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2005 set to be historic year for hurricanes

(7 August 2005) AFP -- 2005 IS SET to be one of the worst years on record for hurricanes, scientists say, amid spectacular new evidence about the power of these storms and fears that global warming is intensifying them.

Less than halfway through the six-month tropical storm season, experts are already warning that the brooding western Atlantic may serve up as many as 21 severe storms and hurricanes this year.

If so, that would be more than twice the average annual tally since records began in 1851.

"The 2005 hurricane season could rival historically significant years such as 1887, which had 19 named storms; 1933, which had 21 named storms; and 1995, which had 19 named storms," says Barry Keim, assistant professor of geography and anthropology at Louisiana State University, and a climatologist for the state.

Since the start of the season on June 1, there have already been eight "named storms" -- the term for a tropical depression that is named once it develops winds of at least 62 kilometers (39 miles) per hour.

When the wind speed reaches at least 118 kph (74 mph), the named storm is upgraded to the status of a hurricane.

Two of this year's hurricanes, Dennis and Emily, registering four on a maximum scale of five, ripped across the Caribbean and into Florida and Mexico respectively, killing at least 72 people.

On August 3, the US National Oceanographic and Atmospheric Administration (NOAA) said it expected an additional 11 to 14 more named storms by the time the season officially ends on November 30.

But could this be a conservative estimate?

One eagerly-awaited forecast will be released this week by scientists at Britain's Benfield Hazard Research Centre (, who have devised a new and so far impressively accurate model for predicting potential late-season hurricanes.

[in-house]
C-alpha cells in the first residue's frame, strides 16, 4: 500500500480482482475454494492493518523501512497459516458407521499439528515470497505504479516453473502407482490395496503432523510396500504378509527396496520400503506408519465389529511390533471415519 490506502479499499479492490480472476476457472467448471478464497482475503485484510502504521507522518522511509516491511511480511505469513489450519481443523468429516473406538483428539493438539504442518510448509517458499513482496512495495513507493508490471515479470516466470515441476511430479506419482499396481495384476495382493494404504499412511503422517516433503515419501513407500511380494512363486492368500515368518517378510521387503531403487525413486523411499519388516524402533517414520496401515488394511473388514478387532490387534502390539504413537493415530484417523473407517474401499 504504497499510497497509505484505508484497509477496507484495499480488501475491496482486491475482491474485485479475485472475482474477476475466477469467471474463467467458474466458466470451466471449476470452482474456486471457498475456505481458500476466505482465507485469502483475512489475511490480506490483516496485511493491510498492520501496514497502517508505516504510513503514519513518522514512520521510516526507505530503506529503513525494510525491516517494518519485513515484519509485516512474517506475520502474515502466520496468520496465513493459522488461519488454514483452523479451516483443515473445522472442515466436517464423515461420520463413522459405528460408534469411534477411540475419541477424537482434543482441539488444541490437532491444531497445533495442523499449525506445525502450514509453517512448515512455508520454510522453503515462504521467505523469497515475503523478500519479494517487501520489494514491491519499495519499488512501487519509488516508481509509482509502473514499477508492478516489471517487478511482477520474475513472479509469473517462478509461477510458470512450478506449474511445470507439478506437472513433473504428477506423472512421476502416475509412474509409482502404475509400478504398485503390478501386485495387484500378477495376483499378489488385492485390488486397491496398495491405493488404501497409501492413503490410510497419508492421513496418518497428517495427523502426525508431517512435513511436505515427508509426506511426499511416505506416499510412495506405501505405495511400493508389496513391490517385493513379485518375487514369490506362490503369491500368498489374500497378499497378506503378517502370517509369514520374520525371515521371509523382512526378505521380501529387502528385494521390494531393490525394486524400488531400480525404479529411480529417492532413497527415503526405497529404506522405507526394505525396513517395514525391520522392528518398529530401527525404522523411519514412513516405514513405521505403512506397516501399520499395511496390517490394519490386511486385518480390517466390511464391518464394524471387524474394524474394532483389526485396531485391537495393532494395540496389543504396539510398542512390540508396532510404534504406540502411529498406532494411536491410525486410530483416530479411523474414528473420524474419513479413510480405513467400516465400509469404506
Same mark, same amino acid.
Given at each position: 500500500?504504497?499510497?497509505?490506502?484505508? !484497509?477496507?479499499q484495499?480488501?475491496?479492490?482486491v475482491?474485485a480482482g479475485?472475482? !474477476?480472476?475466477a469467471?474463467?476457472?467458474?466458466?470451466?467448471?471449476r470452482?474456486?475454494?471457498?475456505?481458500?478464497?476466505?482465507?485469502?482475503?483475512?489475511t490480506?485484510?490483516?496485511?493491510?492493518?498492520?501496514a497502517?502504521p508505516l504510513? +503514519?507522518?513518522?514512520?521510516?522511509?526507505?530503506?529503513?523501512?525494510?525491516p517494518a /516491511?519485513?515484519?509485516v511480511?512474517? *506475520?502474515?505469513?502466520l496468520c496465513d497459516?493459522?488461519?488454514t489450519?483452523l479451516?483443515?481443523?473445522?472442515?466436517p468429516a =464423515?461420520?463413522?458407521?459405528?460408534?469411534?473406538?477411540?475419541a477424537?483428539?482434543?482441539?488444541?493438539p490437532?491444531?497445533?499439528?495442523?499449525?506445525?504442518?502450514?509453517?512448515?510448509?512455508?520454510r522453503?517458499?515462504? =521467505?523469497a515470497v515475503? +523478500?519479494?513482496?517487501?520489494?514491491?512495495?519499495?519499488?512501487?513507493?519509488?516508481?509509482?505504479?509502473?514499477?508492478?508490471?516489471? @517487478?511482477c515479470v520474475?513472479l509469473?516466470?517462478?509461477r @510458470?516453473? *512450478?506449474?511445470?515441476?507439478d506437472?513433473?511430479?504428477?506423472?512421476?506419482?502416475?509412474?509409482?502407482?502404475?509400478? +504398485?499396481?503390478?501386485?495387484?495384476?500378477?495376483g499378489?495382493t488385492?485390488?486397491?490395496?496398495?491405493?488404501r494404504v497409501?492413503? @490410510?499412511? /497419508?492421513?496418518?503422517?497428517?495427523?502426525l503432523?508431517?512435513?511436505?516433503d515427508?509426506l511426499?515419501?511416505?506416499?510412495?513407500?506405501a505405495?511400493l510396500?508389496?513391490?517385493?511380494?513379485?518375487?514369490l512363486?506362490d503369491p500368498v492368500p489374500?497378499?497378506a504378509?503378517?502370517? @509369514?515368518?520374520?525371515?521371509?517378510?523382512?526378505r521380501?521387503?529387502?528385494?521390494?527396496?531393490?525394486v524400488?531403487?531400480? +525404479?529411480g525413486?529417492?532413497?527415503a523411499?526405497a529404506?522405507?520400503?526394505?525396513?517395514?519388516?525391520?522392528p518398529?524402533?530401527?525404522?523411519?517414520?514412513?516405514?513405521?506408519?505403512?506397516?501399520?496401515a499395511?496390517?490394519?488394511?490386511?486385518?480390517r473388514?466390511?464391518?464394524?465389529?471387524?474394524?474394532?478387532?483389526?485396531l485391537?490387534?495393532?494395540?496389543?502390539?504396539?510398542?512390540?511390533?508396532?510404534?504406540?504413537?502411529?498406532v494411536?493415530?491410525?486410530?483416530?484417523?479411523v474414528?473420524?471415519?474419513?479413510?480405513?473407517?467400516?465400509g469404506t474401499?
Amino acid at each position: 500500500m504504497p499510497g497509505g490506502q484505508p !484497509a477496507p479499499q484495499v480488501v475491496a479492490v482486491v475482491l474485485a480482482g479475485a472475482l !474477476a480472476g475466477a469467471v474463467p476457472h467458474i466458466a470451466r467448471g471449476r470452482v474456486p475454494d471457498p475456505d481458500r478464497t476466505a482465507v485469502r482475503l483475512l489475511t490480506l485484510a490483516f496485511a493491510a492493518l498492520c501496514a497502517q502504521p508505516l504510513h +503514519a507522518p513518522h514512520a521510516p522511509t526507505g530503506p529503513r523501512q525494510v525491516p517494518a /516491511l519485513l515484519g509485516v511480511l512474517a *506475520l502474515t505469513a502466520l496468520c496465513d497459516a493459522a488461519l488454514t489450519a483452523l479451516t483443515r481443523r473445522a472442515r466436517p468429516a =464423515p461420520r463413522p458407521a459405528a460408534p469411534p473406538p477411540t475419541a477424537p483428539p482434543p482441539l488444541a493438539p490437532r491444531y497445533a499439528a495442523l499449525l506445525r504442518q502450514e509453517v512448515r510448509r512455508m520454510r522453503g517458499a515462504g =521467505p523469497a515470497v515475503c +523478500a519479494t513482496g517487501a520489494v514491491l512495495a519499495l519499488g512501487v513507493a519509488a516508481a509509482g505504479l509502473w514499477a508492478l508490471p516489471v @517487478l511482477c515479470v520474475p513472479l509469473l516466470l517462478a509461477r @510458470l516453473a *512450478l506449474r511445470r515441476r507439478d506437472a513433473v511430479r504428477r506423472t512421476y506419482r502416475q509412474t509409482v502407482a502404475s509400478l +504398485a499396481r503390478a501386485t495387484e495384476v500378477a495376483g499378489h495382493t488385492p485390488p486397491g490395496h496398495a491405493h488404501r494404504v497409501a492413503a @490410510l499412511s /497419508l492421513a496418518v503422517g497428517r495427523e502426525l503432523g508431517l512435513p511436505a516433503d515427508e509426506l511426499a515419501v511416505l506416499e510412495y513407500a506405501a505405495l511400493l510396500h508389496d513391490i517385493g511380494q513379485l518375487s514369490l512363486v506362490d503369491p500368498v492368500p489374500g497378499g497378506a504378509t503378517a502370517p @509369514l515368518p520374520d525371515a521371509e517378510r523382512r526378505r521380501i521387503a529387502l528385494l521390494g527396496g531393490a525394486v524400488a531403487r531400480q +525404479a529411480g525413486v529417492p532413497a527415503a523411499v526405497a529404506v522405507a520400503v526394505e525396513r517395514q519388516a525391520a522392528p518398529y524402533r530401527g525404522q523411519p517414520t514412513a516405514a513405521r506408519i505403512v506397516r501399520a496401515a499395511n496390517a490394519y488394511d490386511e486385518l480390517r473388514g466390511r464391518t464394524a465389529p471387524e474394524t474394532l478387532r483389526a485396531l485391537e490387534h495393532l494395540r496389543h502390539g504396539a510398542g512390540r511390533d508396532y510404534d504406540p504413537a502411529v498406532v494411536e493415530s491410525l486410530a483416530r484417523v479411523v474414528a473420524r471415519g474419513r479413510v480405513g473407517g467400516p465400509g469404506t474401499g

"I expect (our) forecast will call for exceptionally high hurricane activity, possibly exceeding the forecasts issued by NOAA... with storm activity at sea reaching record-breaking levels," lead scientist Professor Mark Saunders told AFP.

Hurricanes are the biggest natural disaster in the United States, accounting for eight out of the 10 costliest catastrophes to hit the country.

The annual average damage bill for the continental US between 1950 and 2004 is 5.6 billion dollars, ranging from zero in 10 of those years to more than 44 billion dollars, in the 1992 season, when Hurricane Andrew struck, according to Saunders' figures.

But late-season hurricanes are notorious. The summer warming of atmosphere and ocean can brew storms that are more frequent, longer-lasting and more powerful than early-season events.

In 2004 -- itself viewed as an exceptional year -- five hurricanes and four tropical storms pounded the Caribbean, Gulf of Mexico and southeastern US states in August and September, inflicting hundreds of deaths and property damage in the billions of dollars.

Hurricanes, whose east Asian equivalent is the typhoon, develop from clusters of thunderstorms over tropical waters that are warmer than 27.2 C (81 F).

In light winds and the right sea conditions, these storms build into a whirling, self-nourishing cyclone, fuelled by the energy that comes from evaporation rising from the warm ocean surface.

New research suggests that just a very small increase in sea temperature may dramatically "pump up" these phenomena.

Over the past 30 years, the destructive power of North Atlantic storms has more than doubled, with big increases in the duration of the storms as well as in wind power, it says. Yet during this time, the surface of tropical oceans has warmed by just 0.5 C (0.9 F).

The study, by Massachusetts Institute of Technology (MIT) scientist Kerry Emanuel, backs predictions by some climatologists that global warming will make storms more damaging.

But Emanuel found no evidence to support theories that warmer temperatures will also make tropical storms more frequent. The number of tropical cyclones around the world has been holding steady at around 90 a year, although regional totals undergo periodic swings.

Another study on hurricanes has revealed that monster waves, as portrayed in the movie "The Perfect Storm," may not be the freaks once thought.

Pressure sensors placed on the floor of the northeastern Gulf of Mexico as Hurricane Ivan raged overhead on September 15 last year showed that one wave was 27.7 metres (91 feet) from crest to trough.

The wave, as high as a 10-storey building, was the largest ever measured in US waters, although it never made landfall.

The sensors may have missed some waves as high as 40 metres (132 feet), according to the study, which appears in the latest issue of the American journal Science.

2005 Agence France Presse

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